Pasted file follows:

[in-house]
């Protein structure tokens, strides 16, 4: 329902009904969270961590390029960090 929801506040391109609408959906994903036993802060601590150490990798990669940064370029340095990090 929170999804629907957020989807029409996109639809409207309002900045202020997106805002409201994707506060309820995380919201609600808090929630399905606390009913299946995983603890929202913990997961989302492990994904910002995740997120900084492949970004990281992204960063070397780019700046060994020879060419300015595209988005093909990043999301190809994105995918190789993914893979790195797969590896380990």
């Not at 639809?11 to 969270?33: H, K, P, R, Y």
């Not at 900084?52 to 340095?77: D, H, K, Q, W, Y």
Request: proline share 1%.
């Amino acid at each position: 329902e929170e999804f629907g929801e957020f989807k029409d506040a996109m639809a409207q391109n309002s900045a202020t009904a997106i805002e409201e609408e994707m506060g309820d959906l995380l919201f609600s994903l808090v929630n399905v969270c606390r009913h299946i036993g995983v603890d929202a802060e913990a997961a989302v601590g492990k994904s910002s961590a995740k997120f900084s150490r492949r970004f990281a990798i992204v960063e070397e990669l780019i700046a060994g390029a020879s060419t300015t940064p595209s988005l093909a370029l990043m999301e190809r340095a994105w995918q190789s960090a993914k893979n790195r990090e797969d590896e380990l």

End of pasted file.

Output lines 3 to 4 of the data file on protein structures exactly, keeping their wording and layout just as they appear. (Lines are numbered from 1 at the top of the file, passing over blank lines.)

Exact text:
């Not at 639809?11 to 969270?33: H, K, P, R, Y």
């Not at 900084?52 to 340095?77: D, H, K, Q, W, Y």